I really, really hate fish with a lot of small bones - I know it's edible, but it's just disgusting to me, and the feeling of it getting stuck on my gums or throat... UGHHH (sprats, anyone? Haha)

However I want to get my Omega-3s (from eating fish, not another source, for medical reasons). I am also very low on the budget, so I would strongly prefer something that doesn't cost as much as for example salmon (which is available without any bones). I would be baking the fish or making some kind of fish soup (not frying it), and therefore I am only interested in raw or frozen fish (not canned, stored in oil or pickled).

Also, it doesn't have to be fish, but it also cannot be seaplants. And again, I prefer something on the cheaper side (so no crabs or anything). :-)

If it matters, I live in Europe, so most things would be imported (besides, lake fish often are really high in Mercury).

  • Goodness! There was some confusion in the comments about small bones vs no bones and so on. I've tried to edit to clarify, but if something is still unclear, please ask the OP what they mean, or edit further. – Cascabel Feb 10 '18 at 15:31
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    Jack, this also feels potentially a bit broad because really any large fish is going to avoid the tiny bones like sprat, and generally either be a boneless/deboned cut, or at worst have larger bones. Is there some reason that just buying whatever's available in your area won't work out? I guess you only want the absolute highest Omega 3 content, not just a decent amount like all fish have? – Cascabel Feb 10 '18 at 15:38
  • @Cascabel Sorry for a late reply - I had some computer trouble... Well, the reason is that the fish here are lake fish, and lake fish either have low levels of Omega-3 or contain high levels of mercury. My main reason, however, is Omega-3 as you suggested - lake fish simply do not have much of it... – Jack Feb 23 '18 at 7:37

Generally speaking large fish are often sold without bones and they are lare enough to be easy to avoid.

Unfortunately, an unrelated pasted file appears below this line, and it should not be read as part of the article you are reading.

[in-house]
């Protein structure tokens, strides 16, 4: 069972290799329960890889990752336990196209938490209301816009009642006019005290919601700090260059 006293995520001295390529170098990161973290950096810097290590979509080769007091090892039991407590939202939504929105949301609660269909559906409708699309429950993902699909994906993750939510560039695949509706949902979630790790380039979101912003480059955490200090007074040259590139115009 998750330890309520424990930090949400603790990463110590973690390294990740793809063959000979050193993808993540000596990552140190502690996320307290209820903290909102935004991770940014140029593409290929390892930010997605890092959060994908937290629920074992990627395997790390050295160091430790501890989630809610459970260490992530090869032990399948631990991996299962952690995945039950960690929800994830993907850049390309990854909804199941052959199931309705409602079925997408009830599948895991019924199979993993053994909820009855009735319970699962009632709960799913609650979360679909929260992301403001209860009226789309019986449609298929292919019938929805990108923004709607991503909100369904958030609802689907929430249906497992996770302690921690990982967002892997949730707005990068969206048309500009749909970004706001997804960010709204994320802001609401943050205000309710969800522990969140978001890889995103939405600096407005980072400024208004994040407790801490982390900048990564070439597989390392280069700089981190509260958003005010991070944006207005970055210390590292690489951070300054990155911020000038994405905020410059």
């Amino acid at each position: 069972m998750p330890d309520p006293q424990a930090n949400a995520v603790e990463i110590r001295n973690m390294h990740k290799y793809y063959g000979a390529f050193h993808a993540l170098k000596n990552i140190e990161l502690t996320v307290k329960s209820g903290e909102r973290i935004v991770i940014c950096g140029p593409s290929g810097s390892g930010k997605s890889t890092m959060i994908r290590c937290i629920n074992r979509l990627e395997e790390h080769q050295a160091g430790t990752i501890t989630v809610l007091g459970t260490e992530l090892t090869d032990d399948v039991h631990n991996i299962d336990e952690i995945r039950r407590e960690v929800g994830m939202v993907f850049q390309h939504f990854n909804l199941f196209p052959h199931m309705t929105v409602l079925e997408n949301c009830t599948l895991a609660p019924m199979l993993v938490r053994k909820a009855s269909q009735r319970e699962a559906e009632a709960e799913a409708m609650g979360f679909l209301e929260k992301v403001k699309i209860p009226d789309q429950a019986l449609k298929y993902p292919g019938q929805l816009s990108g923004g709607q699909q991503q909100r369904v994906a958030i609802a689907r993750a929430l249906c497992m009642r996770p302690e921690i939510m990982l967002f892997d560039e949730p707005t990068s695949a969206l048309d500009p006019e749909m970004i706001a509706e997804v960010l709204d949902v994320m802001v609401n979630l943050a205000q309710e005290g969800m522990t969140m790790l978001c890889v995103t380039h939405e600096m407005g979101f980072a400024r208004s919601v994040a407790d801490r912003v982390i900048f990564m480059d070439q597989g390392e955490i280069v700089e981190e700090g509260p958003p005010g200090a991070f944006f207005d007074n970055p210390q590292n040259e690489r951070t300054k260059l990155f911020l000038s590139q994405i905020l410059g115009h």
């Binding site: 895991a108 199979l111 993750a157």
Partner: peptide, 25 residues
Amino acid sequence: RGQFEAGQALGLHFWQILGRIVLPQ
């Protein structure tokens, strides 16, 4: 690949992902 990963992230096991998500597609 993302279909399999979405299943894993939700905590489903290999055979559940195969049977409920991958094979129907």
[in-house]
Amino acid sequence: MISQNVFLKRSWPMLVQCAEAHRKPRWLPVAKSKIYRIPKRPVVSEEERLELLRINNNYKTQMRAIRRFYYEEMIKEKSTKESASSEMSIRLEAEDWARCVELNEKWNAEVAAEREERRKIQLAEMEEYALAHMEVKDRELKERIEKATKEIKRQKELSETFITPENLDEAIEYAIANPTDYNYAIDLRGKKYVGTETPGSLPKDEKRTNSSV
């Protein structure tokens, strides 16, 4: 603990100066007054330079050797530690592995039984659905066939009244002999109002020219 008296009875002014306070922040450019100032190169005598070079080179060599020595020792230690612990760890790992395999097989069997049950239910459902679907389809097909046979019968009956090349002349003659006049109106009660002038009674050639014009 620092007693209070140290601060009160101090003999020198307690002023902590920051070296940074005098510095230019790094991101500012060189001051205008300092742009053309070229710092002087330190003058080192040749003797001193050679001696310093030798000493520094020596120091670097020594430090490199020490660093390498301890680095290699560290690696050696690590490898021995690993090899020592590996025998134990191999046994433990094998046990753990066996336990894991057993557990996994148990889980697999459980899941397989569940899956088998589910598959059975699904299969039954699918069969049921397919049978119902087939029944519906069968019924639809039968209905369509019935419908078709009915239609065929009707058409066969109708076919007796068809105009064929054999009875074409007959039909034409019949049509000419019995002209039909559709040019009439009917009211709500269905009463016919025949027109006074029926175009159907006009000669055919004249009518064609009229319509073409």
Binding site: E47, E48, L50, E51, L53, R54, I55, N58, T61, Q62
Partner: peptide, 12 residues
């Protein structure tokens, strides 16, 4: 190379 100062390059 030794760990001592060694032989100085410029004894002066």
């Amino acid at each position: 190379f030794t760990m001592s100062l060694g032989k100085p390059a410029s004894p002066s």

If you dislike fish maybe you could try fresh tuna steak. It is the closest in appearance and probably in consistency and taste too you will find easily. If served rare it really looks like rare beef.

It is often found clean and boneless in markets (depending on our region), and if any bones are present they will likely be big and easy to avoid. Probably not the cheapest of fish, but it is often server frozen in pre-packaged portions which are probably cheaper than the fresh alternative.

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One other option is Blue Shark (Tintureira). I have only recently found out about it myself. Where I live (Portugal) it is only found in the frozen fish section of certain surpermarkets, but it is relatively cheap as far as fish goes (not very thought after), and sold in small portions too for individual servings.

It also has a firm consistency closer to meat, and very similar to swordfish which is very thought after and tends to be very expensive.

As far as bones go being a shark it is from the Cartilaginous fish family like all sharks, rays etc, so bones are actually flexible, and some times even edible if you enjoy the texture.

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If you are just trying to avoid fish bones you could also try squid or cuttlefish wish have a firm rubbery texture, and no bones in the traditional sense. They do have some hard central parts that should be easily cleaned before cooking.

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  • Thank you for your answer, but the fish you mentioned are one of the highest on the planet in mercury. I do love fish taste though, I am just trying to avoid bones because I find them unedible... Well, I have not seen cattlefish in the shops here, but I have seen squid - I tried it once and loved it. Unfortunately it costs a fair bit and has very little of Omega-3. – Jack Feb 23 '18 at 7:38

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